Surprising as this may seem to many people, it is still true that the majority of people who buy homes do so without even asking what the municipal rates and taxes are for the property.
This ignorance is usually not a problem in lower priced properties where levies are low but it can cause serious difficulties for those buying in the higher priced brackets, where the recent new valuations may well result in the payments being significantly higher when they are raised in July.
Home buyers making an offer in the next three months may find that the old valuations on which their property’s rates and taxes were estimated has jumped up to two or three times its previous level, as a result of improvements having being made in the home since the last valuation.
As I see it, it is the duty of the sellers and estate agents to warn prospective buyers that higher rates are likely to be charged – but I suspect that the subject is often deliberately avoided.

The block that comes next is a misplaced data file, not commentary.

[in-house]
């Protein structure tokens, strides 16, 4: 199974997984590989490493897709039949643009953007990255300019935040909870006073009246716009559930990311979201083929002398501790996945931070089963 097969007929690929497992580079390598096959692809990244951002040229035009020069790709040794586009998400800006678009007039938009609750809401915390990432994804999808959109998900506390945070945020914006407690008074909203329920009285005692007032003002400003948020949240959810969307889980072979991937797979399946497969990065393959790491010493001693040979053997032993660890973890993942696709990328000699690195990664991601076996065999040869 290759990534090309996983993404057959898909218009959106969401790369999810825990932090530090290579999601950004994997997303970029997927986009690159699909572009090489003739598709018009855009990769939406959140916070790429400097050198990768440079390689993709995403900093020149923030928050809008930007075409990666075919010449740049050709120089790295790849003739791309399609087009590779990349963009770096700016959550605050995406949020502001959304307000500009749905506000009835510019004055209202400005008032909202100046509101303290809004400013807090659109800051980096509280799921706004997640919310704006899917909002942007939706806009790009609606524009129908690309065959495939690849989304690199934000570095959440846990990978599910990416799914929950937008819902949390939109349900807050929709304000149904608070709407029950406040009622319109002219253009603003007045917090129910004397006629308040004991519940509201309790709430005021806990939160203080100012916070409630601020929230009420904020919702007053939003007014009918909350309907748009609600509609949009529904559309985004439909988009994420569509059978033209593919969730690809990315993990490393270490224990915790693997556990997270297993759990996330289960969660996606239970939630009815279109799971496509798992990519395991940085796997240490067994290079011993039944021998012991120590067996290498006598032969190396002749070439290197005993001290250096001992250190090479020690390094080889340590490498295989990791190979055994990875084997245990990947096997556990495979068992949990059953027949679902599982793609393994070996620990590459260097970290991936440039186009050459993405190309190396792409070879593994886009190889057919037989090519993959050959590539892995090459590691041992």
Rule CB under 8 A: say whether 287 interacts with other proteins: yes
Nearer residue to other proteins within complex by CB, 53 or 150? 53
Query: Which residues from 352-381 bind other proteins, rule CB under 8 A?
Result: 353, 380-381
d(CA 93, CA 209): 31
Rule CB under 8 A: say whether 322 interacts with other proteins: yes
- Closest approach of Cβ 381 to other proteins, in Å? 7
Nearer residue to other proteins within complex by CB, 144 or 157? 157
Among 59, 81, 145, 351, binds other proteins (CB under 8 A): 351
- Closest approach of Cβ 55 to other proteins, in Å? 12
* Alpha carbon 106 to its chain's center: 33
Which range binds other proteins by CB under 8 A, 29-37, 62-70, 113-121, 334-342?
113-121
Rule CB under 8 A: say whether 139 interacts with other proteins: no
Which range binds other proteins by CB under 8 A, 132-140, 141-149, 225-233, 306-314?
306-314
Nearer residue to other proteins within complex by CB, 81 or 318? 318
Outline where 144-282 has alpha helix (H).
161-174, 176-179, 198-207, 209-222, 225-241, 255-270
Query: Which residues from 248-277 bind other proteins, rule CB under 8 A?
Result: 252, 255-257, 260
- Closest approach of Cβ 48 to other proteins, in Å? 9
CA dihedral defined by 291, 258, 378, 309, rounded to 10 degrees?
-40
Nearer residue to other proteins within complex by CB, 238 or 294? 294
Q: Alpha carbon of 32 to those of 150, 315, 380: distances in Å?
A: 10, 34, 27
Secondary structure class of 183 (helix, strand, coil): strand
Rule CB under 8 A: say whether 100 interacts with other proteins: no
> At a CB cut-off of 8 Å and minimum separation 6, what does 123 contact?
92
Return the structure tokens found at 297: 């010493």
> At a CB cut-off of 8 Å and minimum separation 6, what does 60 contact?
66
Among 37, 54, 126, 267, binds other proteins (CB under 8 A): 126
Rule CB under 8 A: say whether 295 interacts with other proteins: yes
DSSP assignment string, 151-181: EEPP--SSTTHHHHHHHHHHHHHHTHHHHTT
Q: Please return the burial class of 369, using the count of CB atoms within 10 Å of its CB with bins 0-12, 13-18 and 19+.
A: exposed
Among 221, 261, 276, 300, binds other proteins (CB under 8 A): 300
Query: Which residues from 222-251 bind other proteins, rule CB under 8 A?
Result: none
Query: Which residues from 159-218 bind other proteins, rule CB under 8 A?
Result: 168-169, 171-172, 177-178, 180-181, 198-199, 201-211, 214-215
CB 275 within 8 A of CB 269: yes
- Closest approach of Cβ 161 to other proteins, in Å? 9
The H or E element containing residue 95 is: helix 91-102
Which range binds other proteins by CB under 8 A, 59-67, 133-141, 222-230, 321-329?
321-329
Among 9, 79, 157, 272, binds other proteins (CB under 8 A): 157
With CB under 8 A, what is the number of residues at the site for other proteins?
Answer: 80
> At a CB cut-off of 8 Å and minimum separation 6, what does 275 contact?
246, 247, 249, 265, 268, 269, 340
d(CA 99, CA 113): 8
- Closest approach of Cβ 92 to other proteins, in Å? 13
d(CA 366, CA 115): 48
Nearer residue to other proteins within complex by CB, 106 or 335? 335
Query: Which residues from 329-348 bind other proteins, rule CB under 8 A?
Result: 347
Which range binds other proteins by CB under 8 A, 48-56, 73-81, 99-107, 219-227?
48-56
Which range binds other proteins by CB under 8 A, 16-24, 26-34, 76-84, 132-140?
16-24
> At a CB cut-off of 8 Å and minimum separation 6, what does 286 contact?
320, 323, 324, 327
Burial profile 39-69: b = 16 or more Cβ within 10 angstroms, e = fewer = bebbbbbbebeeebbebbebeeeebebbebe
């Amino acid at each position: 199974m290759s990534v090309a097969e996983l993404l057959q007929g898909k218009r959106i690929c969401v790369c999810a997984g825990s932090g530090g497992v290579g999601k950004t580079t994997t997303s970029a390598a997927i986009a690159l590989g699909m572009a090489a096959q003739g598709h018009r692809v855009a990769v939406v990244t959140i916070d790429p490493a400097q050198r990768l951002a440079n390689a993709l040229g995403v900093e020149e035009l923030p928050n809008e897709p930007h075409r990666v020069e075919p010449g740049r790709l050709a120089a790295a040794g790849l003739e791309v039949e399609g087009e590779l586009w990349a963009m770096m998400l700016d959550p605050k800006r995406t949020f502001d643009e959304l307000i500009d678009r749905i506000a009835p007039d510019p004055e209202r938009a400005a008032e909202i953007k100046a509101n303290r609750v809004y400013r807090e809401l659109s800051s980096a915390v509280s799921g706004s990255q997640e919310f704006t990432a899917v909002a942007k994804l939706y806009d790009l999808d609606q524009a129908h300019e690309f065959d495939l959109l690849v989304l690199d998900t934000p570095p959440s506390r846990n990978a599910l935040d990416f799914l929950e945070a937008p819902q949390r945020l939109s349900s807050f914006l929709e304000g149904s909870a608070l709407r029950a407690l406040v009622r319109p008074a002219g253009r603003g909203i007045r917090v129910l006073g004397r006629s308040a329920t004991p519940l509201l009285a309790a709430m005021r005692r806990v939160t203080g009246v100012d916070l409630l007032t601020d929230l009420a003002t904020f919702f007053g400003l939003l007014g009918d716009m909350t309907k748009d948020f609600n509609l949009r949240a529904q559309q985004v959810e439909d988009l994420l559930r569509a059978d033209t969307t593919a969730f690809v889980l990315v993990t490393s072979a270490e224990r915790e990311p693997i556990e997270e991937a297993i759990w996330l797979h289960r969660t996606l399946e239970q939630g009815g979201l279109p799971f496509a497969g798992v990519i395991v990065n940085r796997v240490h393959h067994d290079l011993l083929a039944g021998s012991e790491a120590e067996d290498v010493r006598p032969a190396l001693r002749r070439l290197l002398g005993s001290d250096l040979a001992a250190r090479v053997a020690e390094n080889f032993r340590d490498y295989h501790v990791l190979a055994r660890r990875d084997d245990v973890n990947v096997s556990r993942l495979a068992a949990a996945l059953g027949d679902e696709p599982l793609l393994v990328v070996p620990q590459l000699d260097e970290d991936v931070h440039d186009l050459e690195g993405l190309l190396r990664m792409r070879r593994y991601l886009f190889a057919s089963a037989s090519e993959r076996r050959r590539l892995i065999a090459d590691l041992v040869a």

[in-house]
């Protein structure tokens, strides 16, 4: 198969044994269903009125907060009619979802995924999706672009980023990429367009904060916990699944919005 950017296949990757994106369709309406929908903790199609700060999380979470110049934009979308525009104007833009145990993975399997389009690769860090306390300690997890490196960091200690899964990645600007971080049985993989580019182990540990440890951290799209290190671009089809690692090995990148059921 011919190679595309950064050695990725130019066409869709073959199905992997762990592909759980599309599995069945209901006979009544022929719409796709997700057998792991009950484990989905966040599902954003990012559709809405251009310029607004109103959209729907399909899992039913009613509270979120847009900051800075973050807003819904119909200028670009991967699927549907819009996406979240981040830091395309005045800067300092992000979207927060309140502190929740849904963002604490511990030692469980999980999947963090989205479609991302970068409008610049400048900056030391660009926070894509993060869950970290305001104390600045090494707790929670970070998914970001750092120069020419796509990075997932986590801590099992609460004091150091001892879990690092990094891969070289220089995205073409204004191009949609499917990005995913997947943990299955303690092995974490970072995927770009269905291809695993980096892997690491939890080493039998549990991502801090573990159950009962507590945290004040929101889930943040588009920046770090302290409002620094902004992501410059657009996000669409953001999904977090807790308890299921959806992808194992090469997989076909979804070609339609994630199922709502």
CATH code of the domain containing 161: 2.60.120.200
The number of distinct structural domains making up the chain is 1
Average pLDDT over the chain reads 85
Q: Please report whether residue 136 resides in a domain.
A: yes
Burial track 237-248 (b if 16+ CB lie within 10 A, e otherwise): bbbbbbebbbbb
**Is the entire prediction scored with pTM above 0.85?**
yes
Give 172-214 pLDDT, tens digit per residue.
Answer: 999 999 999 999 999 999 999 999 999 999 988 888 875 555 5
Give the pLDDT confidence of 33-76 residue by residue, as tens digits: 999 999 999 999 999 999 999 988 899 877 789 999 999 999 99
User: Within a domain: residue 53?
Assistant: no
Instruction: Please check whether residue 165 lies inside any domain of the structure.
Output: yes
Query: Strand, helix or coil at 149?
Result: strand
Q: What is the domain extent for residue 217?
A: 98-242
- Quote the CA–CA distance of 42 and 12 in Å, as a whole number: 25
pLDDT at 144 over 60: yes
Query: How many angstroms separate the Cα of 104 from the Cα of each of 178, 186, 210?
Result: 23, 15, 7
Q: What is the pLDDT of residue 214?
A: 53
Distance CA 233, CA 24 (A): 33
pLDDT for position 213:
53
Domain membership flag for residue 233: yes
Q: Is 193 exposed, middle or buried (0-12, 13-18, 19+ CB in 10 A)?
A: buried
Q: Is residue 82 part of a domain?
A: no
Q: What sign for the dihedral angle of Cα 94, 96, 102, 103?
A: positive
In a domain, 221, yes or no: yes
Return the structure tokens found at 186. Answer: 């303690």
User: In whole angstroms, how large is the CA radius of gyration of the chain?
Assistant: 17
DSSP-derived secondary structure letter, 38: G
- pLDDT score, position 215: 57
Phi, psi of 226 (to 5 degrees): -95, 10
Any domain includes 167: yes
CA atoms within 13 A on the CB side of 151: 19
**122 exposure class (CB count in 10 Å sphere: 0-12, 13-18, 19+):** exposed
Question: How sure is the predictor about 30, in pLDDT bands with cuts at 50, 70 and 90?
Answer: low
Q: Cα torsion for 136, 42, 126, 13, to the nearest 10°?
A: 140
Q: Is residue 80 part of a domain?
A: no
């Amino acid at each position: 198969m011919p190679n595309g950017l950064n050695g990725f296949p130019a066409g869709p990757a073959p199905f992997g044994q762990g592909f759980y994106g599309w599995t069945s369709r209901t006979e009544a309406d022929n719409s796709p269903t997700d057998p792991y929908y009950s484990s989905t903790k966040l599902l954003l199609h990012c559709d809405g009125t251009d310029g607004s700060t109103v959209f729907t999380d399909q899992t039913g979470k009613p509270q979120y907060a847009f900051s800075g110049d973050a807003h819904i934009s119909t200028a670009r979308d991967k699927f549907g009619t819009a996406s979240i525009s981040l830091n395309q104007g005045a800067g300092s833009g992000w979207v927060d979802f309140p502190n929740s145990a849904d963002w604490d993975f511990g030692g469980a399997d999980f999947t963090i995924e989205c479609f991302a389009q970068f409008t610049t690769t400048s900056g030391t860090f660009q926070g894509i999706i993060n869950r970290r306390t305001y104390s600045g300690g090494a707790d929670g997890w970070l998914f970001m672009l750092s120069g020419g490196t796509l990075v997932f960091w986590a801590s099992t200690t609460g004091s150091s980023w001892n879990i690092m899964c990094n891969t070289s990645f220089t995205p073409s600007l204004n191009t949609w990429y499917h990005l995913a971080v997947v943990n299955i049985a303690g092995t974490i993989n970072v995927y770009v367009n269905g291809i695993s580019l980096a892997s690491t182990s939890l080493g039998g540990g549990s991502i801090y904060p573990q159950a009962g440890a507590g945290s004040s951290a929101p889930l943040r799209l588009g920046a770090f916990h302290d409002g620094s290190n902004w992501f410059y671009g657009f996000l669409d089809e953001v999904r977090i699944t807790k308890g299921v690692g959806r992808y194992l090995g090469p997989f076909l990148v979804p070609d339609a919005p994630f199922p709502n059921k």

When an upmarket property is concerned, a home’s revaluation can result in the property’s monthly rates bill increasing from R4,500 to R13,000, depending on the new rates.
That is obviously an extreme case. However, there will be many homes where the increase will be 20 to 30% and where the new buyer will not have budgeted for this.
In some instances, the current owners will query the evaluations but this process can take months to reach a conclusion. Again, however, the sellers should divulge all information on what is happening to the prospective buyers and explain just how much they believe the property’s value has grown.